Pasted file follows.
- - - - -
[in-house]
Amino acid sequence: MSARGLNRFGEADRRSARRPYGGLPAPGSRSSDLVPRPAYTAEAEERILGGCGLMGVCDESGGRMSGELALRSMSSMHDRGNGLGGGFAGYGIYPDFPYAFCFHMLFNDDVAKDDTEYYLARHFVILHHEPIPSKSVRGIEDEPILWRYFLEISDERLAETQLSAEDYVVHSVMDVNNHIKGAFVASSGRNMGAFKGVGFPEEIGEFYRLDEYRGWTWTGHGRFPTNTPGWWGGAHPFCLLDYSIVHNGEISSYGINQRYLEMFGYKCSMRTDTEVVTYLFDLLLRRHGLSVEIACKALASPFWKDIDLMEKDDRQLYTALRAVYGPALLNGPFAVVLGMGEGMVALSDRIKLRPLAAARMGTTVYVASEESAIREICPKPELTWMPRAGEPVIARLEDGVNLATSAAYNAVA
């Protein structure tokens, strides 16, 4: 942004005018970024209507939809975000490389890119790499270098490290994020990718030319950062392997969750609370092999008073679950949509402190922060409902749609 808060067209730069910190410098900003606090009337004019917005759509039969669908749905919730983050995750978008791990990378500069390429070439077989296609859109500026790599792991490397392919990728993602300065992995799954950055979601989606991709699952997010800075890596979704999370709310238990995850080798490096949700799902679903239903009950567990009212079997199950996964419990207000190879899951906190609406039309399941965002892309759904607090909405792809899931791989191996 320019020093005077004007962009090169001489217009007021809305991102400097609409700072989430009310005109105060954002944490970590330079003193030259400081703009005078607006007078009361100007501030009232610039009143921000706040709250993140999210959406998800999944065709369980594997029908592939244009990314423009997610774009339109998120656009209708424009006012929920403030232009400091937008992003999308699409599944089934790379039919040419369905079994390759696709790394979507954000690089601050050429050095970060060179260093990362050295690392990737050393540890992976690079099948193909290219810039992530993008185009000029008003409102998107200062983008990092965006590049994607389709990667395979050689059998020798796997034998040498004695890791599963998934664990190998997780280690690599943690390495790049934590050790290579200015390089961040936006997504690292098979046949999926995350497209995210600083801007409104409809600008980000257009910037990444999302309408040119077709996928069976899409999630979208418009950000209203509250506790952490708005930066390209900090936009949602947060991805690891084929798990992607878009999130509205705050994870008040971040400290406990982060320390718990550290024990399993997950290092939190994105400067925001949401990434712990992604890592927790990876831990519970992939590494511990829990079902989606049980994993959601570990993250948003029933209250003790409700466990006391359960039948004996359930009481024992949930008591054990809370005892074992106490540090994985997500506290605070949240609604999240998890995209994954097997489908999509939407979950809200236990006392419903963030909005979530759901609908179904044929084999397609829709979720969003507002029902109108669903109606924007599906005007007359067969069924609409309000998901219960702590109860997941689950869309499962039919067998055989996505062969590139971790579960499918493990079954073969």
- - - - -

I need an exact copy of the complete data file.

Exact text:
[in-house]
Amino acid sequence: MSARGLNRFGEADRRSARRPYGGLPAPGSRSSDLVPRPAYTAEAEERILGGCGLMGVCDESGGRMSGELALRSMSSMHDRGNGLGGGFAGYGIYPDFPYAFCFHMLFNDDVAKDDTEYYLARHFVILHHEPIPSKSVRGIEDEPILWRYFLEISDERLAETQLSAEDYVVHSVMDVNNHIKGAFVASSGRNMGAFKGVGFPEEIGEFYRLDEYRGWTWTGHGRFPTNTPGWWGGAHPFCLLDYSIVHNGEISSYGINQRYLEMFGYKCSMRTDTEVVTYLFDLLLRRHGLSVEIACKALASPFWKDIDLMEKDDRQLYTALRAVYGPALLNGPFAVVLGMGEGMVALSDRIKLRPLAAARMGTTVYVASEESAIREICPKPELTWMPRAGEPVIARLEDGVNLATSAAYNAVA
């Protein structure tokens, strides 16, 4: 942004005018970024209507939809975000490389890119790499270098490290994020990718030319950062392997969750609370092999008073679950949509402190922060409902749609 808060067209730069910190410098900003606090009337004019917005759509039969669908749905919730983050995750978008791990990378500069390429070439077989296609859109500026790599792991490397392919990728993602300065992995799954950055979601989606991709699952997010800075890596979704999370709310238990995850080798490096949700799902679903239903009950567990009212079997199950996964419990207000190879899951906190609406039309399941965002892309759904607090909405792809899931791989191996 320019020093005077004007962009090169001489217009007021809305991102400097609409700072989430009310005109105060954002944490970590330079003193030259400081703009005078607006007078009361100007501030009232610039009143921000706040709250993140999210959406998800999944065709369980594997029908592939244009990314423009997610774009339109998120656009209708424009006012929920403030232009400091937008992003999308699409599944089934790379039919040419369905079994390759696709790394979507954000690089601050050429050095970060060179260093990362050295690392990737050393540890992976690079099948193909290219810039992530993008185009000029008003409102998107200062983008990092965006590049994607389709990667395979050689059998020798796997034998040498004695890791599963998934664990190998997780280690690599943690390495790049934590050790290579200015390089961040936006997504690292098979046949999926995350497209995210600083801007409104409809600008980000257009910037990444999302309408040119077709996928069976899409999630979208418009950000209203509250506790952490708005930066390209900090936009949602947060991805690891084929798990992607878009999130509205705050994870008040971040400290406990982060320390718990550290024990399993997950290092939190994105400067925001949401990434712990992604890592927790990876831990519970992939590494511990829990079902989606049980994993959601570990993250948003029933209250003790409700466990006391359960039948004996359930009481024992949930008591054990809370005892074992106490540090994985997500506290605070949240609604999240998890995209994954097997489908999509939407979950809200236990006392419903963030909005979530759901609908179904044929084999397609829709979720969003507002029902109108669903109606924007599906005007007359067969069924609409309000998901219960702590109860997941689950869309499962039919067998055989996505062969590139971790579960499918493990079954073969």